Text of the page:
SAP and Deloitte Provide Students with Real-World Business Experience

Today, technology changes faster than the speed of light. Graduating students need to be prepared to jump into jobs that evolve at the same speed. SAP and partner Deloitte believe in actively preparing students, so the two companies developed a co-innovation competition to offer them experience with real-world business problems.

In all, 16 teams of students are chosen from universities across the U.S. and given the same business problem to solve. Each team is asked to design a solution using SAP technology and present it to judges. From those teams, four are selected to compete in the finals.

The most recent competition was conducted over a weekend at Deloitte University in Westlake, Texas, and included a finalist team of four University of Oklahoma seniors who worked to design a solution to help a fashion retailer improve its business and supply chain issues. The customer wasn’t real—but their success was.

The Oklahoma students, Molungoa Ramataboe, Anthony Efoli, Sophonie Basquin, and Jack Sparks, impressed the judges with their technical prowess, analytical thinking, and teamwork.

“This competition attracts some of the brightest young minds from across the country. The Oklahoma team not only demonstrated extraordinary technical skills and problem-solving abilities, but also the ability to collaborate in a manner that allowed each student to showcase their own talents and then put it all together to solve a challenging business problem,” said Merry Kweiter, Deloitte executive. “Each of the four have a bright future and Deloitte congratulates them on their success.”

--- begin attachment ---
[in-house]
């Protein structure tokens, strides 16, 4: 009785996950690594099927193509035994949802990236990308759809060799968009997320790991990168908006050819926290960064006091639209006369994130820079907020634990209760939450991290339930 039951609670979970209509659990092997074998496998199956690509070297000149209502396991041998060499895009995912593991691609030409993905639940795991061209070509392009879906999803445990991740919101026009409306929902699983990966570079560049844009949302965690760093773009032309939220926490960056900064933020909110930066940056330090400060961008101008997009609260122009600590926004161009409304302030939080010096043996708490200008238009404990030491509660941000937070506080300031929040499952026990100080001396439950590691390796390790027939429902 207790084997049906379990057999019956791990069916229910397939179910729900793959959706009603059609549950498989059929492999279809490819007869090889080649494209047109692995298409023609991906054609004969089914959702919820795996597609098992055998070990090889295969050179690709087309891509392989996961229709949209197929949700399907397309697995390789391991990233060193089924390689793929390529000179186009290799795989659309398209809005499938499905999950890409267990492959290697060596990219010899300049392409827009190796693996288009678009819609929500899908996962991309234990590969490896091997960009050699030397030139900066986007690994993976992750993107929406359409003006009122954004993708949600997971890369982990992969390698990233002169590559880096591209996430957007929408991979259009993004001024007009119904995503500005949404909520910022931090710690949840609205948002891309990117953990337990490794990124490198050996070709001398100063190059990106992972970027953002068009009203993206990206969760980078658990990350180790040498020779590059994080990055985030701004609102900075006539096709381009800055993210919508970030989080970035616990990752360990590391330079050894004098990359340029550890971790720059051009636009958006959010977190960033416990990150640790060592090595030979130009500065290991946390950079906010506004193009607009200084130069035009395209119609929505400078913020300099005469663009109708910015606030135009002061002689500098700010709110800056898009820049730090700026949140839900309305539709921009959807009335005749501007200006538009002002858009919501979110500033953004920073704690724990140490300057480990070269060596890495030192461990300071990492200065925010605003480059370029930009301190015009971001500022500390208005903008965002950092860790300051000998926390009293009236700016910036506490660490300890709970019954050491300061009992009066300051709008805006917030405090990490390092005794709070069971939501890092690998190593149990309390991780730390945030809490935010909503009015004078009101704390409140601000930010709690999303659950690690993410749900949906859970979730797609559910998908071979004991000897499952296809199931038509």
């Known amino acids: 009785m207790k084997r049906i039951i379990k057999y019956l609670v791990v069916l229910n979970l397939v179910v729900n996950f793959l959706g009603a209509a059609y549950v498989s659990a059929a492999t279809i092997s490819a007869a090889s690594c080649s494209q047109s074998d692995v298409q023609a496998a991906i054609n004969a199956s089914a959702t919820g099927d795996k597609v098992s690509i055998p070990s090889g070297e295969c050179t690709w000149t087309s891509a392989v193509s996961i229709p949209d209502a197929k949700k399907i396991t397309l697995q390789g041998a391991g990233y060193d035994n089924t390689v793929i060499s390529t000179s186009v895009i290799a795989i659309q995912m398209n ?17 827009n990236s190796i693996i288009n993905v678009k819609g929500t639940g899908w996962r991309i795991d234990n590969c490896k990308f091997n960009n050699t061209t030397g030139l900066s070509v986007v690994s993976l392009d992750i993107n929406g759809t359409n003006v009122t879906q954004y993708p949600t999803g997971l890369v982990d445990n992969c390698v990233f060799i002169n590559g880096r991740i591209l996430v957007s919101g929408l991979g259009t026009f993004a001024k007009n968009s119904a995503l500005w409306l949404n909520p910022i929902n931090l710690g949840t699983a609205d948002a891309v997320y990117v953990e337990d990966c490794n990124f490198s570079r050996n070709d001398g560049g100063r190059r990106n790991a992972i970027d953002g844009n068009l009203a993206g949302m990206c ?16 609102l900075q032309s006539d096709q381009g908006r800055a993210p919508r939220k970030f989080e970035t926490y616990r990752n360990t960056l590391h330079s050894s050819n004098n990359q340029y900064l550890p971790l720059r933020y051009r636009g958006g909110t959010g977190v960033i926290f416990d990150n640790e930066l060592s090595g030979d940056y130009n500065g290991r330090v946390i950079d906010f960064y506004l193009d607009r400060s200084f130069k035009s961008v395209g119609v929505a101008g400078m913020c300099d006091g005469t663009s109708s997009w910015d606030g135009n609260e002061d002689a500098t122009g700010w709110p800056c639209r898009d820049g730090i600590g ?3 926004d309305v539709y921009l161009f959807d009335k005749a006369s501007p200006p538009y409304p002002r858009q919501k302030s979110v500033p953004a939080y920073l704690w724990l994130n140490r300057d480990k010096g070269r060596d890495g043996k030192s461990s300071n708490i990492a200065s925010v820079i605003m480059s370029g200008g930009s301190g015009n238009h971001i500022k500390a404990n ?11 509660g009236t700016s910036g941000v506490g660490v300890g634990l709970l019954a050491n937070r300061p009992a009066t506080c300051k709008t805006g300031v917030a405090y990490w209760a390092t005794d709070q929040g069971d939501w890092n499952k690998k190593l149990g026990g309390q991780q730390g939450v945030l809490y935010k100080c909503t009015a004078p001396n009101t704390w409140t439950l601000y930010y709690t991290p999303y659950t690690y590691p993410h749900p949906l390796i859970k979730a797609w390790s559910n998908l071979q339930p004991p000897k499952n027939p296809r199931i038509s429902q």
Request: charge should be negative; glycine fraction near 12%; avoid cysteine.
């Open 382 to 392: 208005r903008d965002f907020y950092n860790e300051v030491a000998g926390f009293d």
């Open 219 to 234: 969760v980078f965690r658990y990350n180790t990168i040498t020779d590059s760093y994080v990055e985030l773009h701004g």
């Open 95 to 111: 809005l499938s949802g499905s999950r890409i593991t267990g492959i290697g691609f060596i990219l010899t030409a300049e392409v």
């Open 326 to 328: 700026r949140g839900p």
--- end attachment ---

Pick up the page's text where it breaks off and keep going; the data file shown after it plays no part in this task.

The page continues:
Working Together for Success

Each winning student received a $500 Visa gift card prize as well as the attention of Deloitte and SAP. Three of the four said they have accepted full-time jobs at Deloitte after graduation in 2019.

The Oklahoma team included members familiar with SAP technology and business consulting backgrounds. Several had competed in other tech or business competitions, but none had won.

In the competition, teams were told a fictitious fashion customer had an existing efficient supply chain but wanted to be first to market its fashions after they were showcased on the runway at New York Fashion Week. The students were asked to find a way to increase profitability and identify a solution that could be used to expand to other business segments.

“They wanted to see a growth strategy, increased efficiency throughout the company, and improved customer relationships. We didn’t all have technical backgrounds. Instead, we were a good combination,” said Ramataboe, a senior simultaneously working toward undergraduate and graduate degrees in management information systems (MIS) and data analytics.

Real-World Learning

The groups were given the problem at 4:00 p.m. on Friday and had to present to judges at 2:00 p.m. on Saturday. Then, the four chosen finalist groups presented again at 1:00 p.m. on Sunday after being thrown a few new wrinkles to solve.

“It was a great chance to network and meet other people. Together, we created a solution that allowed for simplification, standardization, scalability, and personalization,” Basquin said.